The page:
Home Blog Uncategorized Careful what you share, it just may start a conversation.

Careful what you share, it just may start a conversation.


iMacEarlier this week, I walked into a Caribou Coffee near my home and noticed a gentleman sitting at his table with a full-on iMac laptop. My jaw dropped. I almost laughed out loud. And, I immediately felt the urge to tell the world. So, I did. On Twitter.

It was a throwaway post. Something I just wanted to get off my chest. I just had to tell someone. So, I told everyone.

The response was instantaneous. And furious.

At least 10 replies within five minutes asking me, no BEGGING me, to get a photo of this crazy, or brilliant, man (depending on who you ask).

The lesson? You never know what’s going to interest your community or spark a conversation. That particular conversation continued for about an hour. This, all because a guy walked into a Caribou with a suitcase and plunked down a 17-inch iMac monitor on the coffee table.

For brands, the lesson also has merit. As you consider how you engage on Twitter, Facebook or a host of other social networks, sometimes you don’t have to over-think things. I think there are a few key learnings here:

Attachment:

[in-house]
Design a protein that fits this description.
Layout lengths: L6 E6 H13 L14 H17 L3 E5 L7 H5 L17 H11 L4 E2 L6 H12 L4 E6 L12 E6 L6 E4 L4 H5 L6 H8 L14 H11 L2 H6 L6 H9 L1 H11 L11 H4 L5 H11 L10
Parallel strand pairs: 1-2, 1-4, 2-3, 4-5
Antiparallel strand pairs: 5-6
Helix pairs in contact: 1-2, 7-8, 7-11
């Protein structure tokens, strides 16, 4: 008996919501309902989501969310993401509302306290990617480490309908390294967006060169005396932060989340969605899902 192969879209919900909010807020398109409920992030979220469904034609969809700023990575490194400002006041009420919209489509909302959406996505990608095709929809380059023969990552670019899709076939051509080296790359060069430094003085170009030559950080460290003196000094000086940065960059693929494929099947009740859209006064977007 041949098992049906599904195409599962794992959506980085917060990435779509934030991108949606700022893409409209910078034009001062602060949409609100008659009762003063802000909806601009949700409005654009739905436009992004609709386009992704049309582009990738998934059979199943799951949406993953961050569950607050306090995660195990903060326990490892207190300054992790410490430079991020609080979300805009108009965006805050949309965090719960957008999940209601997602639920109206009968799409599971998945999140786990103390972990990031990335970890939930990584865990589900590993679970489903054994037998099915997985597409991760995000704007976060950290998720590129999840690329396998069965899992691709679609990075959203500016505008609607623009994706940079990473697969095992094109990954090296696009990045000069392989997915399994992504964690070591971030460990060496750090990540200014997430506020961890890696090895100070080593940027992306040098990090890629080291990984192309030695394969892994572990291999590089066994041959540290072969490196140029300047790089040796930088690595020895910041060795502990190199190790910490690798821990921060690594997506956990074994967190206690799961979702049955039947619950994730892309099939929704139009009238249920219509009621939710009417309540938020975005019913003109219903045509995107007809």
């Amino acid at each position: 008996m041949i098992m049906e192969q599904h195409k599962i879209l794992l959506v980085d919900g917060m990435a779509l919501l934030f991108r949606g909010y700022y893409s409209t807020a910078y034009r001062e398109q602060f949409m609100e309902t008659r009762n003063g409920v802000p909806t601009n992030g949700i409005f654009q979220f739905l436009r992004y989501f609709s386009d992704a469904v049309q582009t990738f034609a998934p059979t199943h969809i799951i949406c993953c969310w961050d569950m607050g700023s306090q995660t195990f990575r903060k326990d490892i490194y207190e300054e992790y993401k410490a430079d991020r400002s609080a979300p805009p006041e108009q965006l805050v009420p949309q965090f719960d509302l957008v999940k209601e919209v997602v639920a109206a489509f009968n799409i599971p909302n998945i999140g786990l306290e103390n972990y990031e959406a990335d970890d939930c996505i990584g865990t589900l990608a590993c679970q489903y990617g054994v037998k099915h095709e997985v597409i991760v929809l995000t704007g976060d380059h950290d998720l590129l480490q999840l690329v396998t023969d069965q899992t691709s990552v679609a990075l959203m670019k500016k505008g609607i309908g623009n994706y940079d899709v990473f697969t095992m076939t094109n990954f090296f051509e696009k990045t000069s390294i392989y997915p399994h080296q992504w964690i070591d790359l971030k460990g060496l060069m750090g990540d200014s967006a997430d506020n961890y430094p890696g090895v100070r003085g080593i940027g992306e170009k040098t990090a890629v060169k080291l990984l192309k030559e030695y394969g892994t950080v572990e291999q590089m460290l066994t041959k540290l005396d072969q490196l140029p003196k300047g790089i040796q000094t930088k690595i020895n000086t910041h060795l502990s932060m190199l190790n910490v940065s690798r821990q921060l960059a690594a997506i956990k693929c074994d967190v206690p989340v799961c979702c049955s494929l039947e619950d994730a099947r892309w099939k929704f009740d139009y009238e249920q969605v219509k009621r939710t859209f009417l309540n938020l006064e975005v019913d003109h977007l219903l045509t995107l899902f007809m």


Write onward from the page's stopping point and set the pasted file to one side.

* Experiment. Social media allows you to try a whole slew of approaches–all for little to no cost. Ask questions. Poll your community. Share industry research data. You never know who might be interested.

* Share the B-roll. Remember those ads that didn’t make the new campaign? Why not share them on Twitter or Facebook with a “left on the cutting room floor” disclaimer? If you’ve worked in a creative industry, you know the most creative idea is rarely the one that’s actually executed. And, wouldn’t your fans/community be interested in seeing those ideas?

* Brainstorm with your community. Think I’m crazy? Ask Best Buy. They crowdsourced for their manager of emerging media opportunity earlier this year, with great success. You might be surprised what your community offers up.

* Back to basics. What you might consider extremely basic and garden-variety, your customers may find truly interesting. Who knows why. You may be too close to it within the four walls of your organization. Or, maybe you’ve seen the information in four different spots already online. The point it, you might be surprised what your community finds intriguing. So, give the basics a try once in a while.

Has the situation I mentioned at the outset ever happened to you? If so, would you care to share?



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